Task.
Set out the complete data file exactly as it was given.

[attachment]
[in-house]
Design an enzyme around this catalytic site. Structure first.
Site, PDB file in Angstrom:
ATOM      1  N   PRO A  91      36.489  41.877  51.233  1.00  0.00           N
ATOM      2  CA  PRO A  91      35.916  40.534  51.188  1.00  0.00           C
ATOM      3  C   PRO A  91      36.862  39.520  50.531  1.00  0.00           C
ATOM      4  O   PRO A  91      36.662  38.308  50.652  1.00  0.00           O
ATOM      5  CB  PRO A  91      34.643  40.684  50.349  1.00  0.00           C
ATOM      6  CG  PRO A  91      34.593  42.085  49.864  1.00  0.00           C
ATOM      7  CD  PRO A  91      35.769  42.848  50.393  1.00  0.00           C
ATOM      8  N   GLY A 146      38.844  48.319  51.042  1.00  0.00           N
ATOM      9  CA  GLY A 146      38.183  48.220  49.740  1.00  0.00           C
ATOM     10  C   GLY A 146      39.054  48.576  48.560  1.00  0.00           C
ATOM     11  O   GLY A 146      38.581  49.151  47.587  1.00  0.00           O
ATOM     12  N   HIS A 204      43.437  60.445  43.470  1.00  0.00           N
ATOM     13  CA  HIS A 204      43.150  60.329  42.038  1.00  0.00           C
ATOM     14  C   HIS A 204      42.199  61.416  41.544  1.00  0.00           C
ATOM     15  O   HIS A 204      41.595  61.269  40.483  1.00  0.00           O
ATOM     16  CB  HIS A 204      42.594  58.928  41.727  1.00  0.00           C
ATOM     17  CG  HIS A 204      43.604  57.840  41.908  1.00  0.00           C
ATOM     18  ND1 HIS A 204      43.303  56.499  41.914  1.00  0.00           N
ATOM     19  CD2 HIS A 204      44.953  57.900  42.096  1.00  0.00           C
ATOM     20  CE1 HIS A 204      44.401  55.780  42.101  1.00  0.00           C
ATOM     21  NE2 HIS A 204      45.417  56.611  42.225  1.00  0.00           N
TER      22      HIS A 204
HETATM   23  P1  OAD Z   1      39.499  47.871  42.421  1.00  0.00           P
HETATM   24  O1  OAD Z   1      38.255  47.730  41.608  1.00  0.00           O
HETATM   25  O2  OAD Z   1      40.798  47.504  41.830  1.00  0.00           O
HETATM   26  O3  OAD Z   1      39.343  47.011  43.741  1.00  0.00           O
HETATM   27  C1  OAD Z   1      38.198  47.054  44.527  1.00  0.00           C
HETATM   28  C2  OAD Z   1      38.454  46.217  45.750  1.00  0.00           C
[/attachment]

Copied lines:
[in-house]
Design an enzyme around this catalytic site. Structure first.
Site, PDB file in Angstrom:
ATOM      1  N   PRO A  91      36.489  41.877  51.233  1.00  0.00           N
ATOM      2  CA  PRO A  91      35.916  40.534  51.188  1.00  0.00           C
ATOM      3  C   PRO A  91      36.862  39.520  50.531  1.00  0.00           C
ATOM      4  O   PRO A  91      36.662  38.308  50.652  1.00  0.00           O
ATOM      5  CB  PRO A  91      34.643  40.684  50.349  1.00  0.00           C
ATOM      6  CG  PRO A  91      34.593  42.085  49.864  1.00  0.00           C
ATOM      7  CD  PRO A  91      35.769  42.848  50.393  1.00  0.00           C
ATOM      8  N   GLY A 146      38.844  48.319  51.042  1.00  0.00           N
ATOM      9  CA  GLY A 146      38.183  48.220  49.740  1.00  0.00           C
ATOM     10  C   GLY A 146      39.054  48.576  48.560  1.00  0.00           C
ATOM     11  O   GLY A 146      38.581  49.151  47.587  1.00  0.00           O
ATOM     12  N   HIS A 204      43.437  60.445  43.470  1.00  0.00           N
ATOM     13  CA  HIS A 204      43.150  60.329  42.038  1.00  0.00           C
ATOM     14  C   HIS A 204      42.199  61.416  41.544  1.00  0.00           C
ATOM     15  O   HIS A 204      41.595  61.269  40.483  1.00  0.00           O
ATOM     16  CB  HIS A 204      42.594  58.928  41.727  1.00  0.00           C
ATOM     17  CG  HIS A 204      43.604  57.840  41.908  1.00  0.00           C
ATOM     18  ND1 HIS A 204      43.303  56.499  41.914  1.00  0.00           N
ATOM     19  CD2 HIS A 204      44.953  57.900  42.096  1.00  0.00           C
ATOM     20  CE1 HIS A 204      44.401  55.780  42.101  1.00  0.00           C
ATOM     21  NE2 HIS A 204      45.417  56.611  42.225  1.00  0.00           N
TER      22      HIS A 204
HETATM   23  P1  OAD Z   1      39.499  47.871  42.421  1.00  0.00           P
HETATM   24  O1  OAD Z   1      38.255  47.730  41.608  1.00  0.00           O
HETATM   25  O2  OAD Z   1      40.798  47.504  41.830  1.00  0.00           O
HETATM   26  O3  OAD Z   1      39.343  47.011  43.741  1.00  0.00           O
HETATM   27  C1  OAD Z   1      38.198  47.054  44.527  1.00  0.00           C
HETATM   28  C2  OAD Z   1      38.454  46.217  45.750  1.00  0.00           C